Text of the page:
Add switch for hallway overhead fixture


  #1  
Old 12-11-14, 09:24 PM
G
Member
Thread Starter
Join Date: May 2005
Location: US
Posts: 241
Received 0 Upvotes on 0 Posts
Add switch for hallway overhead fixture

There is a light switch just inside the back door. It services an overhead recessed fixture. When you come in from the garage, this switch is convenient for turning on the hallway light. There is only 1 switch servicing this light. It is in Box A. Box A contains 2 switches.

I would like to set up another switch for this fixture farther out into the room. I would add this switch to Box B. Box B contains 1 switch.

A second switch would be very useful because the overhead light illuminates the pantry and this small hallway, and there are times when you want light here without having to walk clear to the exit door.

Looking at Box A, the switch controlling the overhead light is a single pole with 2 black wires. The other switch in the box controls the main overhead lights for the room; although this is a 3-way, there are no red wires on it. There are a total of 4 Romex wires in that box.

Box B presently has only 1 switch; it controls an overhead fixture in the adjoining room.

Is this enough information to tell me how the fixture is connected to the switch in Box A? And how to run a new wire to Box B to control the overhead fixture?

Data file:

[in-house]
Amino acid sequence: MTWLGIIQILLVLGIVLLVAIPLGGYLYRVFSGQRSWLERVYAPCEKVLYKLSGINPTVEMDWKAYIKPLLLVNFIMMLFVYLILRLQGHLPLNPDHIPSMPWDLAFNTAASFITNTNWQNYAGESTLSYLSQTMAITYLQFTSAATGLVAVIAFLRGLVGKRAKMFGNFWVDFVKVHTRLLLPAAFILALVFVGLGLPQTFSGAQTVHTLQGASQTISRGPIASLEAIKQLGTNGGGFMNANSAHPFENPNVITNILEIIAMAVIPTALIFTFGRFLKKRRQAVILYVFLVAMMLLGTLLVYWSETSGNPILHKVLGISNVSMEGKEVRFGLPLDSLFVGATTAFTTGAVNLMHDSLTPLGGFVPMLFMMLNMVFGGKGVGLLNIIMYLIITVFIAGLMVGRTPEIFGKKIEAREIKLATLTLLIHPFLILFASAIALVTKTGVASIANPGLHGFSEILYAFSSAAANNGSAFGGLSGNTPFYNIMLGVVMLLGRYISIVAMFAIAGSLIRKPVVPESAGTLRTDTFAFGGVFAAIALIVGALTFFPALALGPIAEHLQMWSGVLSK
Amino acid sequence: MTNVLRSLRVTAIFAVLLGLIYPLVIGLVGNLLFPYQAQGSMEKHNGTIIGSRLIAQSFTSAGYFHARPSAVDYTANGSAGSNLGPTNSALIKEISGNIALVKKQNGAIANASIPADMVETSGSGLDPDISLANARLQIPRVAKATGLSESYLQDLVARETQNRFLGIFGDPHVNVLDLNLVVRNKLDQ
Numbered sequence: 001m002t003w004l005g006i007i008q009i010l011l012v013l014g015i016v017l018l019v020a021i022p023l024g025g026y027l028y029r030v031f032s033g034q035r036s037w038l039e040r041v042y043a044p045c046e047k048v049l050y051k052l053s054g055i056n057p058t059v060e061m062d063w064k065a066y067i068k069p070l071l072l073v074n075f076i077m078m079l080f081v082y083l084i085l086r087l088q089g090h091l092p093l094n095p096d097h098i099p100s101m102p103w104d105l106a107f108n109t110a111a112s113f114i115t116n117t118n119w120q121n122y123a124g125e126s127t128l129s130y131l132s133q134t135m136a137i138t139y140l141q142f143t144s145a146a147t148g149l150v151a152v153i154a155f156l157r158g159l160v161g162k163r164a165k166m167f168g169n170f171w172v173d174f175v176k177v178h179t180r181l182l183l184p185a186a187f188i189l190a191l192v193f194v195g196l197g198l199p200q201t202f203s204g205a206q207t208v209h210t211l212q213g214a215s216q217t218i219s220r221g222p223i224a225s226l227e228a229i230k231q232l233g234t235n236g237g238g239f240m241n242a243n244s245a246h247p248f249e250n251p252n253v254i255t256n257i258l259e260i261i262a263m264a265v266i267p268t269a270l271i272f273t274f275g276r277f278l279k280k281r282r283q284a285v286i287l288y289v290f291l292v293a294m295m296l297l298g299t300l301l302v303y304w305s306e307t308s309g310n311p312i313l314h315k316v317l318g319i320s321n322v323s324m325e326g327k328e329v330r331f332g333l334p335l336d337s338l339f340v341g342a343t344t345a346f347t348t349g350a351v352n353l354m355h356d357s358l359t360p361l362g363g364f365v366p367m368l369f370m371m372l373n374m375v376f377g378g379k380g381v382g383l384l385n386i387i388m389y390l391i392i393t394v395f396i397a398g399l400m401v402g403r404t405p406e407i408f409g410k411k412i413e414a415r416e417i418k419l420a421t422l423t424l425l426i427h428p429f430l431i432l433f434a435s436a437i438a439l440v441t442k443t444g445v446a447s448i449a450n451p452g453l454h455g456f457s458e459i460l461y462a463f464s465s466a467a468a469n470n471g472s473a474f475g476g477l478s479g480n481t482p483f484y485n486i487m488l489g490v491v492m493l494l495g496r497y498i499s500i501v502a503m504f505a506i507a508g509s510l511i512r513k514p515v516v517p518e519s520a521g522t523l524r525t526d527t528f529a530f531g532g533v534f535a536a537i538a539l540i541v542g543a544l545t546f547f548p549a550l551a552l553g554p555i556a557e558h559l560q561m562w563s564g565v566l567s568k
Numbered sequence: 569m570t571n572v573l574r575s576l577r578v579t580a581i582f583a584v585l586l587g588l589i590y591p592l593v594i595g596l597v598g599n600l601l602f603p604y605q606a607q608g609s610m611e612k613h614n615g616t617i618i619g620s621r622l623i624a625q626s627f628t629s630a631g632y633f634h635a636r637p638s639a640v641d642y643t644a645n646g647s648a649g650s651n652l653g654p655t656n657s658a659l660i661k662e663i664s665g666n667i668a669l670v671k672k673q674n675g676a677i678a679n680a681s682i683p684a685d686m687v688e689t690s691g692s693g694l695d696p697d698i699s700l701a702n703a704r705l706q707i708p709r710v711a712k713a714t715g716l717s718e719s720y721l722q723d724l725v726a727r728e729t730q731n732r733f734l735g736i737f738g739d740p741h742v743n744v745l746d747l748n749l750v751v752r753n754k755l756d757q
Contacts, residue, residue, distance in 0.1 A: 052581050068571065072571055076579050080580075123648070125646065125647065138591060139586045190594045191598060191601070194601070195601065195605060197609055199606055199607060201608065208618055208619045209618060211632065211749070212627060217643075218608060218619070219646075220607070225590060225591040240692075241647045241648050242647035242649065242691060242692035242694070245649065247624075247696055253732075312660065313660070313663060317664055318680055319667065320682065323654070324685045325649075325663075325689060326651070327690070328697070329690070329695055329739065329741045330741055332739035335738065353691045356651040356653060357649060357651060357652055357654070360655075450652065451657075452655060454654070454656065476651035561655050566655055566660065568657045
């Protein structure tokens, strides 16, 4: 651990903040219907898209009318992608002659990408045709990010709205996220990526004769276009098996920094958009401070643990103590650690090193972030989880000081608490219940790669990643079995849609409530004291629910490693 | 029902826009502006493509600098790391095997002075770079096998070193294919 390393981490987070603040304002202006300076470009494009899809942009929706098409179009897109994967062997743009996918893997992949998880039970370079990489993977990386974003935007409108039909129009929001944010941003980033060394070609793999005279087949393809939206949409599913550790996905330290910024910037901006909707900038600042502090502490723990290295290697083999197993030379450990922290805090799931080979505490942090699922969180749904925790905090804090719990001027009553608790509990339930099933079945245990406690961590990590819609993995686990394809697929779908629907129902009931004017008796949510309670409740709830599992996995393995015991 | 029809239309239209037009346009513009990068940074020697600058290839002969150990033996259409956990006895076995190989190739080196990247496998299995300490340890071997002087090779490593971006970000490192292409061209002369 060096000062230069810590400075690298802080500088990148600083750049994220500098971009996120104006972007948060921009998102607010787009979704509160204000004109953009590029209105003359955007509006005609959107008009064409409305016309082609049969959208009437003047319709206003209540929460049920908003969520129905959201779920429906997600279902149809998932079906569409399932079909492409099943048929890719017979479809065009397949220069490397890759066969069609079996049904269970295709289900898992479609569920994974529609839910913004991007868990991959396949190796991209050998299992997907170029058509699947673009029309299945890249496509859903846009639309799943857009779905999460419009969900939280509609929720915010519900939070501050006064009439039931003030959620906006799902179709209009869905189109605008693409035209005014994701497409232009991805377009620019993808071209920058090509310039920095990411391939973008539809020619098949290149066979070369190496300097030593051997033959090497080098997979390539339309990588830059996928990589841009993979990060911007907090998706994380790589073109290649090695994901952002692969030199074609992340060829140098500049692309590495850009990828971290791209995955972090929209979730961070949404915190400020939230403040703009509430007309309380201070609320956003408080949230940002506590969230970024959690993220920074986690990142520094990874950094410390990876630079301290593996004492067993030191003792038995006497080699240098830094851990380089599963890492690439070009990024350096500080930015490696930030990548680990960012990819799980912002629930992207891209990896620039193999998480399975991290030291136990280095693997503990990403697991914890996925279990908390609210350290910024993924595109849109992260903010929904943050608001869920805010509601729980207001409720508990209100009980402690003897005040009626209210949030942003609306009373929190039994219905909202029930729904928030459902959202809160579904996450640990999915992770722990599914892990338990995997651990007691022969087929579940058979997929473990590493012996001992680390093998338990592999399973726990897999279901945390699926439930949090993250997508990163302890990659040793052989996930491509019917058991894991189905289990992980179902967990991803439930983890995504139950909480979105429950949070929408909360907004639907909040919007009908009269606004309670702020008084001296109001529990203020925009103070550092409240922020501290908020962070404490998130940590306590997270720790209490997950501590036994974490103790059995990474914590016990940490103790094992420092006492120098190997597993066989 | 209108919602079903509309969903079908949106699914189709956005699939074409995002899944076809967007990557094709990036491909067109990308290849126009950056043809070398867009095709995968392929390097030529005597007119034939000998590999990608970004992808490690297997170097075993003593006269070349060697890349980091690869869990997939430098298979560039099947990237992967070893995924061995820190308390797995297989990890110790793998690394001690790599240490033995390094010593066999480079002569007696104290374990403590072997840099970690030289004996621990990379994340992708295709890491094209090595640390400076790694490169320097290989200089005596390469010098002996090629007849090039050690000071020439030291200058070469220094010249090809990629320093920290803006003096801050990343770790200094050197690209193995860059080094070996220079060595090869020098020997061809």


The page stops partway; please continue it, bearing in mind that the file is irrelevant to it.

Name:  Back Hallway.jpg
Views: 543
Size:  17.1 KB
 
Attached Images
File Type: pdf
Back Hallway.pdf (6.1 KB, 230 views)

Last edited by ray2047; 12-11-14 at 09:38 PM. Reason: Cropped and enlarged image.
  #2  
Old 12-11-14, 09:39 PM
PJmax's Avatar
Group Moderator
Join Date: Oct 2012
Location: Jersey
Posts: 65,058
Received 3,973 Upvotes on 3,566 Posts
Forget all the other switches. The other switches will remain wired just as they are.

You have a single pole switch that you want to change to a three way switch and add an additional three way switch. You will need to run a piece of three wire cable between the boxes.
The diagram below illustrates your new wiring. The two black wires coming in from the left are the two wires that were on the single pole switch.

Name:  3_way - Copy.jpg
Views: 680
Size:  14.3 KB
 
  #3  
Old 12-11-14, 09:46 PM
ray2047's Avatar
Member
Join Date: Mar 2006
Location: USA
Posts: 29,711
Upvotes: 0
Received 15 Upvotes on 13 Posts